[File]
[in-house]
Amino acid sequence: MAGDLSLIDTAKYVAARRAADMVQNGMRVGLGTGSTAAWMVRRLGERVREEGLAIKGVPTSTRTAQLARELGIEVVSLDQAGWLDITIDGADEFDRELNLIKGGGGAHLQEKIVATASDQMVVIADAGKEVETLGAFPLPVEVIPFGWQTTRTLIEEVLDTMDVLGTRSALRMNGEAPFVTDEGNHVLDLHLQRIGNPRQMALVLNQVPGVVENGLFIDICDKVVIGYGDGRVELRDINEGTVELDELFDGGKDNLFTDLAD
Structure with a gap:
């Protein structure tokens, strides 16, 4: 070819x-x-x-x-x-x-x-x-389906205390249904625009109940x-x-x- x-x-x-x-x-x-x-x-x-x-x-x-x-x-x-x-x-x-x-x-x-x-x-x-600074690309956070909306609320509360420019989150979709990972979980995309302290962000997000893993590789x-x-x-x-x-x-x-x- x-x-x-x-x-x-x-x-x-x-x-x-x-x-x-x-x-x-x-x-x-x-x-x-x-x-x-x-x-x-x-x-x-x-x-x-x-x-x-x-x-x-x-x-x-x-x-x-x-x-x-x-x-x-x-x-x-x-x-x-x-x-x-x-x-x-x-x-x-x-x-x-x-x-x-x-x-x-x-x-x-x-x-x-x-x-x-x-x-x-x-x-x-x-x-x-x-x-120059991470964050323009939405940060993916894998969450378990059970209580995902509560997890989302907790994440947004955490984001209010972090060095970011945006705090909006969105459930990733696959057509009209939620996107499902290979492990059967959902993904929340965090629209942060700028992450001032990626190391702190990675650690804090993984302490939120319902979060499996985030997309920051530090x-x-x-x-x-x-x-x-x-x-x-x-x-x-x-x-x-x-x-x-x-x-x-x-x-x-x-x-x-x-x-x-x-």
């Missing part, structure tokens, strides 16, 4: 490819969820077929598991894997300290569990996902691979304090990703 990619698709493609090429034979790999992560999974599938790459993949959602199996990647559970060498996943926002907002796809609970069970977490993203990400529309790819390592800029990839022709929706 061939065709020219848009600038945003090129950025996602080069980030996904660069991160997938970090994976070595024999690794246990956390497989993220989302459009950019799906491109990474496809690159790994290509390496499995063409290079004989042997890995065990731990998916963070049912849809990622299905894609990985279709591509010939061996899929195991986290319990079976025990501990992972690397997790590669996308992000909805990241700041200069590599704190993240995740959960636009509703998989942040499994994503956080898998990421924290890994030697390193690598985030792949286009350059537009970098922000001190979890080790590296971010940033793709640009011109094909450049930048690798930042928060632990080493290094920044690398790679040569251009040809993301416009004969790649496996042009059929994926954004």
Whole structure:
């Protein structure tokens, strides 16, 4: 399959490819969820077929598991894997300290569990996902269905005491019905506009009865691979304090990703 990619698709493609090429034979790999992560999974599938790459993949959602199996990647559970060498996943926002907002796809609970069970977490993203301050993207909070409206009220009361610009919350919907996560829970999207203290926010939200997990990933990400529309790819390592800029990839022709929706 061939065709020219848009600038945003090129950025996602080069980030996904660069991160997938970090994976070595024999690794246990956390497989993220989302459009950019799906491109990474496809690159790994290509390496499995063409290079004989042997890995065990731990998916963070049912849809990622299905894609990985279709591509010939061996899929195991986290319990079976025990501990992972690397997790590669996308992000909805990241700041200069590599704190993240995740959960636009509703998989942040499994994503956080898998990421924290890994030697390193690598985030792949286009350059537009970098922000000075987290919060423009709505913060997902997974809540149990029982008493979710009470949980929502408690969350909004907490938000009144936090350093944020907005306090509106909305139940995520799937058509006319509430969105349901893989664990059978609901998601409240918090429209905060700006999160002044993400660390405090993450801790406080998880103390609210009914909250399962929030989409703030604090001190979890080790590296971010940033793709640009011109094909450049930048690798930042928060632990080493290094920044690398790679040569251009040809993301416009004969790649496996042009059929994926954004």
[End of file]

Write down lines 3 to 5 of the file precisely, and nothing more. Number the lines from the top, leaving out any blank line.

Structure with a gap:
């Protein structure tokens, strides 16, 4: 070819x-x-x-x-x-x-x-x-389906205390249904625009109940x-x-x- x-x-x-x-x-x-x-x-x-x-x-x-x-x-x-x-x-x-x-x-x-x-x-x-600074690309956070909306609320509360420019989150979709990972979980995309302290962000997000893993590789x-x-x-x-x-x-x-x- x-x-x-x-x-x-x-x-x-x-x-x-x-x-x-x-x-x-x-x-x-x-x-x-x-x-x-x-x-x-x-x-x-x-x-x-x-x-x-x-x-x-x-x-x-x-x-x-x-x-x-x-x-x-x-x-x-x-x-x-x-x-x-x-x-x-x-x-x-x-x-x-x-x-x-x-x-x-x-x-x-x-x-x-x-x-x-x-x-x-x-x-x-x-x-x-x-x-120059991470964050323009939405940060993916894998969450378990059970209580995902509560997890989302907790994440947004955490984001209010972090060095970011945006705090909006969105459930990733696959057509009209939620996107499902290979492990059967959902993904929340965090629209942060700028992450001032990626190391702190990675650690804090993984302490939120319902979060499996985030997309920051530090x-x-x-x-x-x-x-x-x-x-x-x-x-x-x-x-x-x-x-x-x-x-x-x-x-x-x-x-x-x-x-x-x-």
């Missing part, structure tokens, strides 16, 4: 490819969820077929598991894997300290569990996902691979304090990703 990619698709493609090429034979790999992560999974599938790459993949959602199996990647559970060498996943926002907002796809609970069970977490993203990400529309790819390592800029990839022709929706 061939065709020219848009600038945003090129950025996602080069980030996904660069991160997938970090994976070595024999690794246990956390497989993220989302459009950019799906491109990474496809690159790994290509390496499995063409290079004989042997890995065990731990998916963070049912849809990622299905894609990985279709591509010939061996899929195991986290319990079976025990501990992972690397997790590669996308992000909805990241700041200069590599704190993240995740959960636009509703998989942040499994994503956080898998990421924290890994030697390193690598985030792949286009350059537009970098922000001190979890080790590296971010940033793709640009011109094909450049930048690798930042928060632990080493290094920044690398790679040569251009040809993301416009004969790649496996042009059929994926954004």